The mechanics of the Householder’s arrangement was a bit more complex than the usual “rich-people owning horses and pretending it’s a business” scheme, but not by much. The entity that pitched and ran the horse-leasing enterprise (“ClassicStar”) to the Householders yielded at least five separate Tax Court decisions where no loss was allowed because the horse breeding/leasing was not engaged for profit. If anything, the ClassicStar scheme is more bald-faced and upfront as a tax scam than most. I encourage people to read the facts of the opinion: ClassicStar all-but-asks the Householders “how much of a loss do you want?” in multiple years.

Yes, ClassicStar advised that the Householders take all sorts of business-like steps with this investment (create an LLC or S-Corp! have a separate bank account just for this business! spend 100+ hours on meetings and such!), but the writing is on the wall: this is a sham, and almost certainly not a business that is being operated for profit by the Householders. As but one more in a long line of examples, the Householders didn’t even know what specific horses they’d be breeding/leasing when they paid the money: knowing the horse you’re forking over hundreds of thousands of dollars for is usually something you care about when trying to make money. Bad facts (there are many more in the opinion, including that one of the horses was castrated and thus not particularly suited for breeding), make for very dim prospects of deducting the expenses.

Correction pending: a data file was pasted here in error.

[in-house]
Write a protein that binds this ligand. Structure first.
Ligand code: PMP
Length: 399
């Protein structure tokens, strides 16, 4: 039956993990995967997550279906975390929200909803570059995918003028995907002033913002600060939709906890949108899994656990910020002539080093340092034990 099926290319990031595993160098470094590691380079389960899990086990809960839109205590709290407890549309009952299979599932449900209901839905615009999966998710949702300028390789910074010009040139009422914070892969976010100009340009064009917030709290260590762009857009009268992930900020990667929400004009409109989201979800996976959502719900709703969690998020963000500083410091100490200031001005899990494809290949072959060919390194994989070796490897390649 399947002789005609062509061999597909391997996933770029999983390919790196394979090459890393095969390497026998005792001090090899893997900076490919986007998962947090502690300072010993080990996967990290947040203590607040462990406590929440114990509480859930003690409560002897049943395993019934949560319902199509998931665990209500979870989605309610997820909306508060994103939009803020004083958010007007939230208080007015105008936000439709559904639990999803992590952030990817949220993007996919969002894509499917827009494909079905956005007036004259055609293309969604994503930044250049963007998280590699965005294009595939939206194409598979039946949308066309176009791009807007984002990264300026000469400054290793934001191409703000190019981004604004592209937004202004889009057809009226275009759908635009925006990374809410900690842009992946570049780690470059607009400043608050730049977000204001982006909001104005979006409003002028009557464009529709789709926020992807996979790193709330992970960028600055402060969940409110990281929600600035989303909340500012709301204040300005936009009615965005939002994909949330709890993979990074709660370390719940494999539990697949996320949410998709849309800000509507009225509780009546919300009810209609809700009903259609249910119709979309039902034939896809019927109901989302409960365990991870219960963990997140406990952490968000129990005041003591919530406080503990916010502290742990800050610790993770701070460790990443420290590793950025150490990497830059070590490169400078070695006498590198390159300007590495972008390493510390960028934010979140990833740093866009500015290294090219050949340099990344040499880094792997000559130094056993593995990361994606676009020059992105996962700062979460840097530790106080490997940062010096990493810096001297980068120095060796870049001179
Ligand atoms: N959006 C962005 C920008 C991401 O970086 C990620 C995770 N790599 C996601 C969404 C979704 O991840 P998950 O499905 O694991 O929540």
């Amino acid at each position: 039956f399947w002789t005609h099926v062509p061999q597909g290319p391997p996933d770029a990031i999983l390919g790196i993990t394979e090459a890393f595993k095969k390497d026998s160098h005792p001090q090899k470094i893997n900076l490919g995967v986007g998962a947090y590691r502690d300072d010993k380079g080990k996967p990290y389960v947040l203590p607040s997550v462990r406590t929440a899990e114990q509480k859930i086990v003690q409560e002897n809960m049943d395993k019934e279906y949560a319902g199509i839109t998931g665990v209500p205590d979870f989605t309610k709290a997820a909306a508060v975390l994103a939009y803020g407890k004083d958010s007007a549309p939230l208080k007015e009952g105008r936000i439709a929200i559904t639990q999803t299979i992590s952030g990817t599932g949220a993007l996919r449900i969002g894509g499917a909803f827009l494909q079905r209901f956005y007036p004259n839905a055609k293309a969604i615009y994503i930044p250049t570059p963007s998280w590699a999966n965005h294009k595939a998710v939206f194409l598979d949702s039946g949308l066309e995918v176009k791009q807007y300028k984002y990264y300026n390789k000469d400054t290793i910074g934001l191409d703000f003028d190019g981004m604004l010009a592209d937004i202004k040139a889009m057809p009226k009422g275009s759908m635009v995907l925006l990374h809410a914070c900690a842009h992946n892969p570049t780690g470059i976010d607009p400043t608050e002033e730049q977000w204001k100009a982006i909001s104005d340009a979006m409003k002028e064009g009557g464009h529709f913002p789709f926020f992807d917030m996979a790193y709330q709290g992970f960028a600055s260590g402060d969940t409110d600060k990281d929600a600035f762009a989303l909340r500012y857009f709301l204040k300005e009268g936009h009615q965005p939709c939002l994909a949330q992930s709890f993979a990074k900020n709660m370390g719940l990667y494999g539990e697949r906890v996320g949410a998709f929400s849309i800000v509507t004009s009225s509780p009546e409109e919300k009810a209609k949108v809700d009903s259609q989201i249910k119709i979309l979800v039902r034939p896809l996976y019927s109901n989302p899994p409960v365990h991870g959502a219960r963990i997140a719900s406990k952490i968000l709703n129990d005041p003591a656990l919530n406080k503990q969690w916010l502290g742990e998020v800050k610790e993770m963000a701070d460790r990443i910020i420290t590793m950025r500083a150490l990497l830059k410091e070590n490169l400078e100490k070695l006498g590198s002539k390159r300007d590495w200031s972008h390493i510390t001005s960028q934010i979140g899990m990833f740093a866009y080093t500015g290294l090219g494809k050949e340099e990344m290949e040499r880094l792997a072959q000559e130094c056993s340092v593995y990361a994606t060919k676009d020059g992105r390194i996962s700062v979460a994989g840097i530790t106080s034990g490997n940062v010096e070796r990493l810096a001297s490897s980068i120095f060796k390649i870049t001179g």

But it goes beyond the IRS just auditing the Householders on a bad hobby loss. ClassicStar was eventually raided by the IRS and completely shut down. Some of the ripple effects included $200 million in tax fraud charges and $65 million in damages to certain defrauded investors. This was a widespread scam, and it did end up costing a lot of other people quite a bit of money on what they appeared to genuinely believe was an investment opportunity.